This information is accurate as of the fellowship year indicated for each fellow.
Veronica Vaida’s scholarly interests are understanding chemical reactivity with a special focus on light-initiated chemical reactions in organic, inorganic, and organometallic systems. Over the past fifteen years at the University of Colorado, she has learned about complex problems of the atmosphere and explored chemical reactivity in the context of atmospheric chemistry and climate. She uses these problems in teaching chemistry to illustrate fundamental principles of chemistry in undergraduate and graduate courses. Her research group has been involved in bringing techniques and concepts of physical chemistry to the study of atmospheric chemistry and climate.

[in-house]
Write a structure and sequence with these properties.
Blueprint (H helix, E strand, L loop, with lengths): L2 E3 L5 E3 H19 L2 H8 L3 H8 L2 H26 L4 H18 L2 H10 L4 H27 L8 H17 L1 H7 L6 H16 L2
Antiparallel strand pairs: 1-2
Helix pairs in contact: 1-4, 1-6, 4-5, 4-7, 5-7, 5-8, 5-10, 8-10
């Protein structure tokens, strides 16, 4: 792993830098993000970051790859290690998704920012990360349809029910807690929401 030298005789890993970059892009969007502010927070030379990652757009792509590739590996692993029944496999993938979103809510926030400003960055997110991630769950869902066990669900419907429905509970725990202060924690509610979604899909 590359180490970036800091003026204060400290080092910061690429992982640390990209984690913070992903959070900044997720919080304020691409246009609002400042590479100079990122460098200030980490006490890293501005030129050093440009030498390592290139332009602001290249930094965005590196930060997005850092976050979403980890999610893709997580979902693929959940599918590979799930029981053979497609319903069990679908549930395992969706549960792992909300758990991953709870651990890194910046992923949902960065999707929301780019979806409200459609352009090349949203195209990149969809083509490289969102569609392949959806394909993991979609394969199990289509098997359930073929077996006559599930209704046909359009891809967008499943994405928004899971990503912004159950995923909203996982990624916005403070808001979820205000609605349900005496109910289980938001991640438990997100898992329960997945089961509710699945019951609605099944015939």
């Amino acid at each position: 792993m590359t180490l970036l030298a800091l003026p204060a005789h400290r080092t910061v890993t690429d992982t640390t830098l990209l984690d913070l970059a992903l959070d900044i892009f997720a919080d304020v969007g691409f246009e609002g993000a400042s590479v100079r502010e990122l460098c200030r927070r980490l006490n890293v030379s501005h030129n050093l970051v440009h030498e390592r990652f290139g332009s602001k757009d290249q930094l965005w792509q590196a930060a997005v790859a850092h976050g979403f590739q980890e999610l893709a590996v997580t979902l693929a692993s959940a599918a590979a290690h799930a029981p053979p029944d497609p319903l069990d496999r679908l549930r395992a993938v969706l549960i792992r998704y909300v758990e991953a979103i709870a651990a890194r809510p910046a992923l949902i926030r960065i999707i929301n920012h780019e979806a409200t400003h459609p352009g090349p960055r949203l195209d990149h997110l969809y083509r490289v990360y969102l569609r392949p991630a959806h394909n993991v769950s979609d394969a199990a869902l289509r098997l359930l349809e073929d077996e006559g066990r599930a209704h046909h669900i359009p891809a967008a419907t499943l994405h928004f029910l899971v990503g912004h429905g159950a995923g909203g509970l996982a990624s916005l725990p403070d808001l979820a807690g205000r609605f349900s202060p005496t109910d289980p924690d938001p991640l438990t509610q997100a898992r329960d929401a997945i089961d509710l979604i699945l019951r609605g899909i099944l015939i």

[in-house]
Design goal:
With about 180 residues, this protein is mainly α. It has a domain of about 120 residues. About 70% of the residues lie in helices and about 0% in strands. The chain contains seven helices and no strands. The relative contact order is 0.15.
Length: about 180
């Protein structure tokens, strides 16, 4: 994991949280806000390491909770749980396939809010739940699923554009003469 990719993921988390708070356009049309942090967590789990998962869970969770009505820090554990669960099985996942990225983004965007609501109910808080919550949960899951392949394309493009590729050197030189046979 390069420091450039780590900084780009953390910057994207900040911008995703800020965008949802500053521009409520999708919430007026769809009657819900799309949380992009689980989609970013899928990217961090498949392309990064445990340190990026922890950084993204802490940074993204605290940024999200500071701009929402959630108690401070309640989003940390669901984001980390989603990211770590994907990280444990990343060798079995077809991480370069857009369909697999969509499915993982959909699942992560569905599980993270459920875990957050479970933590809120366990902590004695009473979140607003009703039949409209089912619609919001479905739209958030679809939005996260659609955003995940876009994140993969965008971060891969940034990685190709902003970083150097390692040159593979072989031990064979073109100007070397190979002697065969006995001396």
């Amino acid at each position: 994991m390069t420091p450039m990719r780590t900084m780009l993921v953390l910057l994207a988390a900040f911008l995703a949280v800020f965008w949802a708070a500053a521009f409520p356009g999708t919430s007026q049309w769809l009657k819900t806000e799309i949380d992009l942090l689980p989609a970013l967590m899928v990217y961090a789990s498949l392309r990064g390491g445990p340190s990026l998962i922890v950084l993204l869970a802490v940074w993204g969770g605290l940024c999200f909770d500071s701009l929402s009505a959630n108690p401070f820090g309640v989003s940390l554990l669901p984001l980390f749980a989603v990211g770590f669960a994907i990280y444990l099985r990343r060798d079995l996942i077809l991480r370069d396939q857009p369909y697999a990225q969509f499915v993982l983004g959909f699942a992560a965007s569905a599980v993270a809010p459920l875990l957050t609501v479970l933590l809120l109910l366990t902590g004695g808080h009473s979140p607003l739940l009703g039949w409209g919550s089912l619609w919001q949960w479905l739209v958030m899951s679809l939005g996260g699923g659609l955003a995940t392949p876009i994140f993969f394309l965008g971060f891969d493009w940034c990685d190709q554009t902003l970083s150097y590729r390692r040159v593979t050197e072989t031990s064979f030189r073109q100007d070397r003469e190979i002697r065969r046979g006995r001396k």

While at Radcliffe, Vaida will work in a new area of research, focused on the exploration of fundamental molecular properties of organic films at aqueous-air interfaces. These structures are models for atmospheric aerosols. The importance of atmospheric aerosols to human health, climate, and chemical reactions depends on their composition, size, mobility, and unique interactions with their planetary chemical environment, properties she hopes to investigate through experiments.
Vaida earned her BS from Brown University and her PhD from Yale University. She served on the faculty at Harvard University before joining the faculty at the University of Colorado. She was awarded a John Simon Guggenheim Memorial Foundation Fellowship for 2004–2005.